Difference between Latte and Cappuccino
By Theydiffer - January 15, 2016

There are baristas that claim that there is no or very little difference between latte and cappuccino. If you are not trained to see the differences between the two popular types of coffee with milk, there is a good chance that you will be served the wrong beverage without noticing it. In this article we will examine what the differences between latte and cappuccino are.


Getty Images/Moment/Boy_Anupong

Café latte is a coffee beverage made with espresso and milk. Latte originated in Italy, where the name “caffelatte ” means “a milked coffee.” The first latte was observed by the American writer William Dean Howells in 1867, in his book “Italian Journeys.”

There is a slightly different interpretation throughout the world of what drink café latte signifies exactly. For example, in Scandinavian countries the similar term café au lait has always referred to the combination of espresso and milk, while in the United States it almost exclusively means brewed coffee combined with scalded milk. In France, they drink café au lait (milky coffee), but caffè latte is found mostly in American coffee chains, while the French equivalent for the mix of espresso with steamed milk is often called grand crème. Some Italian provinces have a tradition of caffè latte being served at home and strictly for breakfast.

Simple way to make a good cup of Latte:

  1. Fill a pitcher with milk. Put a steamer into the pitcher and turn it on. Let the end of the steamer sit in the milk while it is spinning. Heat milk up to the temperature of about 155 degrees Fahrenheit.
  2. Slowly pour milk into the espresso. While pouring milk into the espresso, do not hold back the foam on top of milk.

Your cup of café latte is ready.

Getty Images/Mint Images RF/Mint Images

cappuccino is a traditional Italian coffee drink made with espresso mixed with hot milk and foam on top.

Howard Schultz, the CEO at Starbucks, said that this is an Italian coffee house model that was an inspiration for the Starbucks chain model. However the Italian cappuccino-drinking tradition is somewhat different to the American one. Italians would never order cappuccino after 12 pm because it, as well as many other Italian coffee drinks with added milk, is considered a “breakfast or mid-morning break drink.” It is hard to find a restaurant in Italy that serves milky coffee after dinner hours, as the common after dinner drink is a straight expresso.

The other difference between an American cappuccino and an Italian one is the amount they pour into a cup. In the United States, it is around 360 ml or more, while in Italy it is a smaller amount of 150–180 ml.

How to make a good cup of Cappuccino:

One of the prerequisites of heating good milk for your coffee cappuccino is a cold steam pitcher. There are pitchers that are specifically designed to make steamed milk more easily. You want to steam milk until it reaches around 160 degrees Fahrenheit.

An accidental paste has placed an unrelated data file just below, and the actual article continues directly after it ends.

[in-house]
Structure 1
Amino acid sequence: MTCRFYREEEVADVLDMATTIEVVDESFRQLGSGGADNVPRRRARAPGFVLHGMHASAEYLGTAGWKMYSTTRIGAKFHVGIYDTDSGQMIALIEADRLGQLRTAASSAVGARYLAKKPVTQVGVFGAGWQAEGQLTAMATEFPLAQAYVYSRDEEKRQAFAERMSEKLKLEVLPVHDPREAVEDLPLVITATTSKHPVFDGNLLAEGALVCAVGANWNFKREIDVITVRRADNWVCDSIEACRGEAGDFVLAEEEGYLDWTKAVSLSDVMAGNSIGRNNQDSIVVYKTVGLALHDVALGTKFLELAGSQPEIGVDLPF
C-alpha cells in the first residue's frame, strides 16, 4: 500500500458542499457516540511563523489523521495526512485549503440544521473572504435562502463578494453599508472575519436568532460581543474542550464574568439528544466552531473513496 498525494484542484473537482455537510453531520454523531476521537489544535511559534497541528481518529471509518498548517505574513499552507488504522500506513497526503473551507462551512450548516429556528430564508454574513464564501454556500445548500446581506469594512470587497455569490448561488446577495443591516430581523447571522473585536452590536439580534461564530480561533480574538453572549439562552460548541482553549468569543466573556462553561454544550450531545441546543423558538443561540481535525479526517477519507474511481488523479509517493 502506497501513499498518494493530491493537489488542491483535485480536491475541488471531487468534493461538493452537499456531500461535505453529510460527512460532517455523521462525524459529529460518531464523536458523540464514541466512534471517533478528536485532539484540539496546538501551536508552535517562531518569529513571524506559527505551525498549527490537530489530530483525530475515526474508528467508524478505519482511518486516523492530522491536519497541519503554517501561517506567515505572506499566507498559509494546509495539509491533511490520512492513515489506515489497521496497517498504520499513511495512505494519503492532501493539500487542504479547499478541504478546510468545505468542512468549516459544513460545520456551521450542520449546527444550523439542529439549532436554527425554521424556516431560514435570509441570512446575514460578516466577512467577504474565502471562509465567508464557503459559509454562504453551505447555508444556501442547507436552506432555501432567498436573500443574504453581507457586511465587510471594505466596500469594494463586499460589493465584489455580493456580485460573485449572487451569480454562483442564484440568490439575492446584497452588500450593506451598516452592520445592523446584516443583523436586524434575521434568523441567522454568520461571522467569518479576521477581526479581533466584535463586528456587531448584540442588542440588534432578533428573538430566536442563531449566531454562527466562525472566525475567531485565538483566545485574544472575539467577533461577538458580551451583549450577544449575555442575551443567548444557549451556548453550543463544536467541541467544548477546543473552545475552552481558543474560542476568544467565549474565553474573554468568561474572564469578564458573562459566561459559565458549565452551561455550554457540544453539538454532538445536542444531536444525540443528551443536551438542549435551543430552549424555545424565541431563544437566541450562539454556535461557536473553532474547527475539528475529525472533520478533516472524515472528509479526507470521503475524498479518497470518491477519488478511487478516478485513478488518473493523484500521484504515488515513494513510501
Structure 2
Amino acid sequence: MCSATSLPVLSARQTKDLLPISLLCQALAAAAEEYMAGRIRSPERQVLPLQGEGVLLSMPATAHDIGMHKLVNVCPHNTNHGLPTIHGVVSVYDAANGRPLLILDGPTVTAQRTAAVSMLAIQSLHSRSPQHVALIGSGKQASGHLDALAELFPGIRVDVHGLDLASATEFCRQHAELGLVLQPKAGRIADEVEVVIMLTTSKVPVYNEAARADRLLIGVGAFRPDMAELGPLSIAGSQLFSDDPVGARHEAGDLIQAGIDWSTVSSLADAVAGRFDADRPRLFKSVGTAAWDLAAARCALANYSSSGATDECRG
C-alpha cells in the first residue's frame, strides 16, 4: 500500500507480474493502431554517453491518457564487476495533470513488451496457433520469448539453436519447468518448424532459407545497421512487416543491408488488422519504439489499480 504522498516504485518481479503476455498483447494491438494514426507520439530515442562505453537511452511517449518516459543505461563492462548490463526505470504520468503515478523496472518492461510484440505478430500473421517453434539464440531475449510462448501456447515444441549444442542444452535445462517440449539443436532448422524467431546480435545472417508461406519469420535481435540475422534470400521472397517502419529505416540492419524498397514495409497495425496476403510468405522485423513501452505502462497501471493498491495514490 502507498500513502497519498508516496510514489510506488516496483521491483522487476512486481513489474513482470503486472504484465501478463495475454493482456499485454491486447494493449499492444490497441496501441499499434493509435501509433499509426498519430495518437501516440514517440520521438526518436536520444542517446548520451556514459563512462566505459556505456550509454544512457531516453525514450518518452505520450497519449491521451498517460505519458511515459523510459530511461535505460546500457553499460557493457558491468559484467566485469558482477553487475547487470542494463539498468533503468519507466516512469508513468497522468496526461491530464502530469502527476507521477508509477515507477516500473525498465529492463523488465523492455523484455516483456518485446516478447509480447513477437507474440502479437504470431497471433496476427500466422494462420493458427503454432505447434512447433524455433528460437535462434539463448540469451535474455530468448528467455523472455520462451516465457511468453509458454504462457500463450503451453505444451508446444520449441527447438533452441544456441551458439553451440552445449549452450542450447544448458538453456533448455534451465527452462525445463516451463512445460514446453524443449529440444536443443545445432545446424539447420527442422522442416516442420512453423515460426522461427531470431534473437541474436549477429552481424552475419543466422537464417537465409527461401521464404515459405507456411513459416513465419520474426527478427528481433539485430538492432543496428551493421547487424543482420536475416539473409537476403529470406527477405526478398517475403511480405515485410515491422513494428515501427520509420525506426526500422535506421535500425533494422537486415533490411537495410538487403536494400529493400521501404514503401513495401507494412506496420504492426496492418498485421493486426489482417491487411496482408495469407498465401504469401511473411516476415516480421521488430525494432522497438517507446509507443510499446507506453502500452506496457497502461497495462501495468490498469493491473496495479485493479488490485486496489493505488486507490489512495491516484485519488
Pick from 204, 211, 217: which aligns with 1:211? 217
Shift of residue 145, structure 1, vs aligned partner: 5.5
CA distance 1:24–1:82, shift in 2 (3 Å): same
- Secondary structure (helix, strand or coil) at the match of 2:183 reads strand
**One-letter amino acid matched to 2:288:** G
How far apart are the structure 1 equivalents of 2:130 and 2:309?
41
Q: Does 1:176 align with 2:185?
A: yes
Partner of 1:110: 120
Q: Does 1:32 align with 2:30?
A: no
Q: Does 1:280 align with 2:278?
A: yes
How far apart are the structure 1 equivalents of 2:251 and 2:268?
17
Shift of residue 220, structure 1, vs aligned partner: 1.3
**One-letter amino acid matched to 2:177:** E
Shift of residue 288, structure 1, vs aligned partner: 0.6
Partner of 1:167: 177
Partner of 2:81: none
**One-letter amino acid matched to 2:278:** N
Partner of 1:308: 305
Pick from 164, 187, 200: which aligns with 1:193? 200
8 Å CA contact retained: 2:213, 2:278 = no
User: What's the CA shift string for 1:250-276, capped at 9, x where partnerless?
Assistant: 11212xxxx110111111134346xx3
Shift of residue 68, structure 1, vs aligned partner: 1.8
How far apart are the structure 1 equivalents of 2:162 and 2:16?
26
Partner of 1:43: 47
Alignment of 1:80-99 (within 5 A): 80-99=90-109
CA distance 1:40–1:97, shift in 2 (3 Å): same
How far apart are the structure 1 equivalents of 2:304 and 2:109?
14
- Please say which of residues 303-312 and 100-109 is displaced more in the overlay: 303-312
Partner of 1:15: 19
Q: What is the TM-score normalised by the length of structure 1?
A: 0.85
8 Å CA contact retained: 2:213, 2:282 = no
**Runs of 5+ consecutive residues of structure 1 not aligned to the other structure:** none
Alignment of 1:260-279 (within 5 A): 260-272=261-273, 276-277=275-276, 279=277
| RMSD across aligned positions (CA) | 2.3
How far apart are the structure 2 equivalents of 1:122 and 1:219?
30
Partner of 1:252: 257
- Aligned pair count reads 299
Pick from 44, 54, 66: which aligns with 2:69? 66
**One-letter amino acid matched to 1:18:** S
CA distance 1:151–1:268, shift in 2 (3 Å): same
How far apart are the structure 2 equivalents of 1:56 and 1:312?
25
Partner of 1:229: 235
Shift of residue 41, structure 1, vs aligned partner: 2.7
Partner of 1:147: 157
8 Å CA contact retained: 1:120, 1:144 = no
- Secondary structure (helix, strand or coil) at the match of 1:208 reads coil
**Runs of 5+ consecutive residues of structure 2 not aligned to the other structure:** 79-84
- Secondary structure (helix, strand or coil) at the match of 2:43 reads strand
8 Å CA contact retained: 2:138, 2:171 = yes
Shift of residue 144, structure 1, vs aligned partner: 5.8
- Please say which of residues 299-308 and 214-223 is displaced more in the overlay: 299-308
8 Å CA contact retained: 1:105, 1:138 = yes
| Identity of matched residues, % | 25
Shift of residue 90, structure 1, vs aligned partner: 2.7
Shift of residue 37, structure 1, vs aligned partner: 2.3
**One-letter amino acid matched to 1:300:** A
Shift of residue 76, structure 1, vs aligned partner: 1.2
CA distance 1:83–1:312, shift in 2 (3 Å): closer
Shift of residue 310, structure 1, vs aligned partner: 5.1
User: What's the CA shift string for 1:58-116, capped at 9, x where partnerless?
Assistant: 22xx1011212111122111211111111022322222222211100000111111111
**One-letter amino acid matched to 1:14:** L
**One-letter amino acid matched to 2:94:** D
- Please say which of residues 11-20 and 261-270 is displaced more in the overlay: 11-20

1. Pour cold milk into a cold pitcher, no more than half full. Position the tip of the steamer right below the surface of the milk, and turn on the steamer full blast. While stirring slowly, move the pitcher a little bit up and down, to create good foam. Make sure you hold the pitcher at a slight angle, to create bubbles on your milk.
  2. Take a tablespoon and hold back the foam while pouring milk into the espresso. When you get a glass about two thirds full, take all the foam with a spoon and put it on top of the beverage.

Comparison chart

The foam is less denseThe foam is rich and dense
Half steamed milk, half espressoOne third espresso, one third steamed milk, one third foam
Bubbles are not created in milk during the making processA lot of bubbles in milk are created during the making process
Is sometimes made with an art foam finishIs not usually made with a foam finish
A cup of latte is heavierA cup of cappuccino is lighter

Latte vs Cappuccino

What is the difference between latte and cappuccino?

  • In café latte, the foam is not dense. For making a cup of café cappuccino, on the other hand, the dense foam is required, because the foam is an obligatory ingredient of a cappuccino.
  •  Café latte and cappuccino are different in terms of the ratio of espresso, steamed milk and foam. Café latte is half steamed milk and half espresso, while cappuccino is one third espresso, one third steamed milk and one third foam.
  • During the milk steaming for café latte, bubbles are not created in the milk. On the other hand, milk for café cappuccino is made while producing a lot of bubbles.
  • Café latte is often served with a nicely designed foam finish. In the Starbucks chain, there are special requirements for the design of the foam finish each Latte cup is supposed to have. On the other hand, Cappuccino is normally served without an art finish. The dense foam on top of café cappuccino prevents the making of such a finish. There are exceptions to this, though. A barista with an artistic inclination will always find ways to make any cup of café look beautiful.
  • A cup of cafè latte is heavier than a cup of cappuccino of the same size, because a cup of cappuccino contains foam in addition to milk, while a cup of cappuccino contains only espresso and milk.

Getty Images/EyeEm/Lux Superich / EyeEm